Coop and Veg Garden

kjlawl

In the Brooder
8 Years
Mar 21, 2011
13
0
22
Hi all I am quite new to back yard chickens. I am currently designing a coop for three layling hens. I would like to put my coop beside my vegtable garden although I have concerns that the coops proximity to the garden could be an issue with too much nitrogen. Causing issues with my vegables in the summer. Any info would be greatly appreciated.

Cheers,

Kris
 

humpbacks1962

Songster
12 Years
Jun 20, 2007
199
5
131
Middletown, CT
Just do like I did: The coop is withing an area enclosed with chicken wire, and a bird netting cover. They can't get out into my veggie garden
 

Fred's Hens

Crowing
Premium member
9 Years
Hi Kris, and welcome to BYC.

We both keep chickens, lots of them, and we garden on a large, commercial scale. The two go hand in hand. Chicken litter is far superior to chemical fertilizers.

Having your coop nearby isn't going to bother the nearby garden. What would bother your garden is the chicken's ability to mow off that garden in quick order, if ever allowed into it during growing season.
 

kjlawl

In the Brooder
8 Years
Mar 21, 2011
13
0
22
Thanks for the info. I was mostly concerned with the chemical aspect of their proximity to my garden, but I will definitely keep in mind not to let them out in to the garden.

Cheers,

Kris
 

lauriruth

Songster
10 Years
Jul 10, 2009
250
7
139
Deep in the Heart of Texas
I'm putting in a 12x16 veggie garden this spring. I've been dumping leaves onto it for a couple of months. my 8 feathered "hired hands" have done all the "tilling". when it gets closer to planting time i'll fence it off. we'll see how that goes with the poop! they hang out under my roses all the time and the nitrogen hasn't seemed to harm them.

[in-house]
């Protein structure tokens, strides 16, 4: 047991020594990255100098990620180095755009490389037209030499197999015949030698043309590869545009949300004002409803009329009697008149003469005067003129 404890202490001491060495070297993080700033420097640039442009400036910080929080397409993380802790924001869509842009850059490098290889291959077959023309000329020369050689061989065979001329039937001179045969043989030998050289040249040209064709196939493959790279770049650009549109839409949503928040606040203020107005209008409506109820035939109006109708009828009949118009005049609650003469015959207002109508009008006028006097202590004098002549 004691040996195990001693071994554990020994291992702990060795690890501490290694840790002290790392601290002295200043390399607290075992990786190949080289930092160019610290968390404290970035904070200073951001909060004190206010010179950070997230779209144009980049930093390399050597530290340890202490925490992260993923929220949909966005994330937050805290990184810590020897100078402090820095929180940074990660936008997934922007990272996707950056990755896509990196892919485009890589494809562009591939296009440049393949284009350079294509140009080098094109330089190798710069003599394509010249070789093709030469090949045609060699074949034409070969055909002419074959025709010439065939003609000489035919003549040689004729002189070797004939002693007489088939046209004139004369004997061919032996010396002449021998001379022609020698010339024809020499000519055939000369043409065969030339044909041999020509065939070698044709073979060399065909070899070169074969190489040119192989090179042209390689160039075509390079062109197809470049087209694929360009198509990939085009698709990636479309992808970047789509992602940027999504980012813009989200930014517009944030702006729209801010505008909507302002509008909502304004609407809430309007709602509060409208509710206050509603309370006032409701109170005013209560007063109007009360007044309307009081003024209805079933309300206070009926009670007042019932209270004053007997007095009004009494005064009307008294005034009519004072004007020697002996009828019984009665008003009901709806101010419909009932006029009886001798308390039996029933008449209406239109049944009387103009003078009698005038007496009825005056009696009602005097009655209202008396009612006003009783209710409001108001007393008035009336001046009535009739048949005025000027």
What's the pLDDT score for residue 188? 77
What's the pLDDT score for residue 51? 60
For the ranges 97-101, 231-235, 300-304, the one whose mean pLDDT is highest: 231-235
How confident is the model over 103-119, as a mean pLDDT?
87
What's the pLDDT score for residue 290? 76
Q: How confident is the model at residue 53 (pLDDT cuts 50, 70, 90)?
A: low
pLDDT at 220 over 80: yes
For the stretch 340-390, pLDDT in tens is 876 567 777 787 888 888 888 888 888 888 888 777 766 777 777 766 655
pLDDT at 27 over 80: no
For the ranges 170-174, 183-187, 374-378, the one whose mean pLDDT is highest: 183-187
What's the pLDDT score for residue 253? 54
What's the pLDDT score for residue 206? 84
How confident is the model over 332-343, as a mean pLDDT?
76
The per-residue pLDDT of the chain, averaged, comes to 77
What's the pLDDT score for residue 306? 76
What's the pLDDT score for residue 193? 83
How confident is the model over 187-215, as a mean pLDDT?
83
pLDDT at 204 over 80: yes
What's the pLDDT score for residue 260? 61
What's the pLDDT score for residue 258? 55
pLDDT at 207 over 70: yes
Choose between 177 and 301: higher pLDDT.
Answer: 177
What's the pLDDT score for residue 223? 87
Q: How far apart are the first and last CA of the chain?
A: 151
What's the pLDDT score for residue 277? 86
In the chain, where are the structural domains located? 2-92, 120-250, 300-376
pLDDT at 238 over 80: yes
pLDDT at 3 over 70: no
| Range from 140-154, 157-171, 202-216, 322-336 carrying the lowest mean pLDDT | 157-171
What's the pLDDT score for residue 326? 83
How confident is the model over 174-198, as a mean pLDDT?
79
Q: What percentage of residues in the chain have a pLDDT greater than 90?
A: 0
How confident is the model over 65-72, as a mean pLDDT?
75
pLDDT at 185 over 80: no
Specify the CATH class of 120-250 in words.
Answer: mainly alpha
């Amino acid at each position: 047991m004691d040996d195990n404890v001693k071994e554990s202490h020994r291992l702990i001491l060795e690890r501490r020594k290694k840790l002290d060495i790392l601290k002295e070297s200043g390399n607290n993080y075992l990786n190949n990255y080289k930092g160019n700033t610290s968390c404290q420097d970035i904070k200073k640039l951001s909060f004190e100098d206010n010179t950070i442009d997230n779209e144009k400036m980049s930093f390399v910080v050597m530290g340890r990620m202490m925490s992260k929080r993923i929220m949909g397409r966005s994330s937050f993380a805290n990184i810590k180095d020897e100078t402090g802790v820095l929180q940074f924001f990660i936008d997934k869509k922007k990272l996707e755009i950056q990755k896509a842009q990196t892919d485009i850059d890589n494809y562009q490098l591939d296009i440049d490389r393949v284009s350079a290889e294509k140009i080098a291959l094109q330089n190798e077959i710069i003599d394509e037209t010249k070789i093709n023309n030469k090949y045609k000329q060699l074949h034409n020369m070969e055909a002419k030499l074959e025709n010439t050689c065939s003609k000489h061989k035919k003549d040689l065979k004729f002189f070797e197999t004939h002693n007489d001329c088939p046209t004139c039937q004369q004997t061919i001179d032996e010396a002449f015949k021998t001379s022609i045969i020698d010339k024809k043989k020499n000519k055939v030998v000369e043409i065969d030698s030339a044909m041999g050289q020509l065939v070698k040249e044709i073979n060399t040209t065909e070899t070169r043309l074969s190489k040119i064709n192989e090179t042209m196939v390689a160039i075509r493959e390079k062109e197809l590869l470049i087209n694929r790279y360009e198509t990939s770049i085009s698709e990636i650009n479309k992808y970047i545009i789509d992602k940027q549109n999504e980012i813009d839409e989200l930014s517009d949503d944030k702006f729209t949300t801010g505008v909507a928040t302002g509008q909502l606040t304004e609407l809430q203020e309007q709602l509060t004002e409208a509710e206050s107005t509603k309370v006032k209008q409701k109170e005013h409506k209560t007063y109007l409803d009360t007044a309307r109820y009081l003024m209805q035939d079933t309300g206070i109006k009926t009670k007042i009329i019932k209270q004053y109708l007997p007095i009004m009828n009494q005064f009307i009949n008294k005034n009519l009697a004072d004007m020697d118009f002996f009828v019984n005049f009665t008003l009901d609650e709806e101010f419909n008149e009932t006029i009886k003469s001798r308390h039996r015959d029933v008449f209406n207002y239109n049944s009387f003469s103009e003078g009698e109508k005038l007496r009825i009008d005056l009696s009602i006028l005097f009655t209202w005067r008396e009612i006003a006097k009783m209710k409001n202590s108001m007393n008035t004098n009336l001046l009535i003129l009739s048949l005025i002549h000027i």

Rich Marshall

In the Brooder
8 Years
Oct 27, 2011
80
2
41
I am also grazing my hens for the winter until the spring on my veg garden, this should fine? Right? I plan on removing them in April and start planting in May.
 

Fred's Hens

Crowing
Premium member
9 Years
You'll want to allow the birds access to your garden, in hopes they'll dig, scratch and poop on it. It is a good thing. You can also apply the dirty litter from the coop during the winter. However, 60 days before you intend to plant, all manure applications or "deposits" by the chickens should cease. From then on, you should put the litter onto your compost pile or into your composting drum, whatever system you use. Once the garden is done, release the chickens to have field day and the rotation starts all over again.

I use the 60 days cessation before planting and 120 days before harvesting rule. There are many, many fact sheets on the web concerning this. http://umaine.edu/publications/2510e/

This
one is easy to understand and straightforward.
 

riverpilot69

Chirping
8 Years
Mar 22, 2011
111
4
91
SE Missouri
My coop is very close to my garden. I also have a compost bin there also. Poop goes from coop, to the bin, and then in the garden when the compost is ready. all located together. That way I don't have to haul chicken poop across the property to get to the compost bin and then to the garden. Unless you have 30-40 chickens, you shouldn't have to worry about run off from the chicken run killing your veggies. In my compost bin, when the ammonia smell goes away, it is safe to go in the garden. Good luck.
 

humpbacks1962

Songster
12 Years
Jun 20, 2007
199
5
131
Middletown, CT
Zone 6 in CT, the ground is so frozen that no scratching will turn my soil!
I just throw all the coop poop in the compost in the spring. The nitrogen heats it up so well that I have a pile ready for the garden in the summer.
 
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